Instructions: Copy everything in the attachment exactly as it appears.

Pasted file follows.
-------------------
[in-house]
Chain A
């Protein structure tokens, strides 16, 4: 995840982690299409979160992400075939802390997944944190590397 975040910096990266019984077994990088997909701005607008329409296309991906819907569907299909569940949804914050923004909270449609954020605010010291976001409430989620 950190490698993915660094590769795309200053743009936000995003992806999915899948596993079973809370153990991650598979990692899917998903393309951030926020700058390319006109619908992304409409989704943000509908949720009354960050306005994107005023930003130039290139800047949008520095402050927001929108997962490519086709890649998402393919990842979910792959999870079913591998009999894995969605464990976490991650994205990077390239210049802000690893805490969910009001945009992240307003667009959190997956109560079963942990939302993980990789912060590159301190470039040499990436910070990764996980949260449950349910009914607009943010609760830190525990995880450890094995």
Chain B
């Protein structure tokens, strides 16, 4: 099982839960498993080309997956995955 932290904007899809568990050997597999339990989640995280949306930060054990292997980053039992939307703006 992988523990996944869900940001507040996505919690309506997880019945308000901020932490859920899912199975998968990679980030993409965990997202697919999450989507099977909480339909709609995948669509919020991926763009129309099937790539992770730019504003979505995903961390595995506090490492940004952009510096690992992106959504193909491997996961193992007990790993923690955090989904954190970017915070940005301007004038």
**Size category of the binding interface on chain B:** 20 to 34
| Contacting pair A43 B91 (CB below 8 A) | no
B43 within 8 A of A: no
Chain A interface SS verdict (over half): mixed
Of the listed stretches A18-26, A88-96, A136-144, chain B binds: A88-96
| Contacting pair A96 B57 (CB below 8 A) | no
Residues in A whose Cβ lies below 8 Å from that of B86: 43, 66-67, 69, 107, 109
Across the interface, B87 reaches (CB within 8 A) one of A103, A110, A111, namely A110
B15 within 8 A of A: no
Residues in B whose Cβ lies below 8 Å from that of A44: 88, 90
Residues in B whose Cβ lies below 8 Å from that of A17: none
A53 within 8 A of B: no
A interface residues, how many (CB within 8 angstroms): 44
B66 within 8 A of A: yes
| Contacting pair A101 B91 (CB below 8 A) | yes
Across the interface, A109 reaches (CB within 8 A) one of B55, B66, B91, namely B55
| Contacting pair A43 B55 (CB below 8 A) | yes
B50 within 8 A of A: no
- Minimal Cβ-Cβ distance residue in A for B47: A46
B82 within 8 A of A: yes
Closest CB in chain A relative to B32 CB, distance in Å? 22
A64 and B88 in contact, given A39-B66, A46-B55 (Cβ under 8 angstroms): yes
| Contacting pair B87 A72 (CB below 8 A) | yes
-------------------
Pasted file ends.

[in-house]
Chain A
């Protein structure tokens, strides 16, 4: 995840982690299409979160992400075939802390997944944190590397 975040910096990266019984077994990088997909701005607008329409296309991906819907569907299909569940949804914050923004909270449609954020605010010291976001409430989620 950190490698993915660094590769795309200053743009936000995003992806999915899948596993079973809370153990991650598979990692899917998903393309951030926020700058390319006109619908992304409409989704943000509908949720009354960050306005994107005023930003130039290139800047949008520095402050927001929108997962490519086709890649998402393919990842979910792959999870079913591998009999894995969605464990976490991650994205990077390239210049802000690893805490969910009001945009992240307003667009959190997956109560079963942990939302993980990789912060590159301190470039040499990436910070990764996980949260449950349910009914607009943010609760830190525990995880450890094995």
Chain B
């Protein structure tokens, strides 16, 4: 099982839960498993080309997956995955 932290904007899809568990050997597999339990989640995280949306930060054990292997980053039992939307703006 992988523990996944869900940001507040996505919690309506997880019945308000901020932490859920899912199975998968990679980030993409965990997202697919999450989507099977909480339909709609995948669509919020991926763009129309099937790539992770730019504003979505995903961390595995506090490492940004952009510096690992992106959504193909491997996961193992007990790993923690955090989904954190970017915070940005301007004038």
**Size category of the binding interface on chain B:** 20 to 34
| Contacting pair A43 B91 (CB below 8 A) | no
B43 within 8 A of A: no
Chain A interface SS verdict (over half): mixed
Of the listed stretches A18-26, A88-96, A136-144, chain B binds: A88-96
| Contacting pair A96 B57 (CB below 8 A) | no
Residues in A whose Cβ lies below 8 Å from that of B86: 43, 66-67, 69, 107, 109
Across the interface, B87 reaches (CB within 8 A) one of A103, A110, A111, namely A110
B15 within 8 A of A: no
Residues in B whose Cβ lies below 8 Å from that of A44: 88, 90
Residues in B whose Cβ lies below 8 Å from that of A17: none
A53 within 8 A of B: no
A interface residues, how many (CB within 8 angstroms): 44
B66 within 8 A of A: yes
| Contacting pair A101 B91 (CB below 8 A) | yes
Across the interface, A109 reaches (CB within 8 A) one of B55, B66, B91, namely B55
| Contacting pair A43 B55 (CB below 8 A) | yes
B50 within 8 A of A: no
- Minimal Cβ-Cβ distance residue in A for B47: A46
B82 within 8 A of A: yes
Closest CB in chain A relative to B32 CB, distance in Å? 22
A64 and B88 in contact, given A39-B66, A46-B55 (Cβ under 8 angstroms): yes
| Contacting pair B87 A72 (CB below 8 A) | yes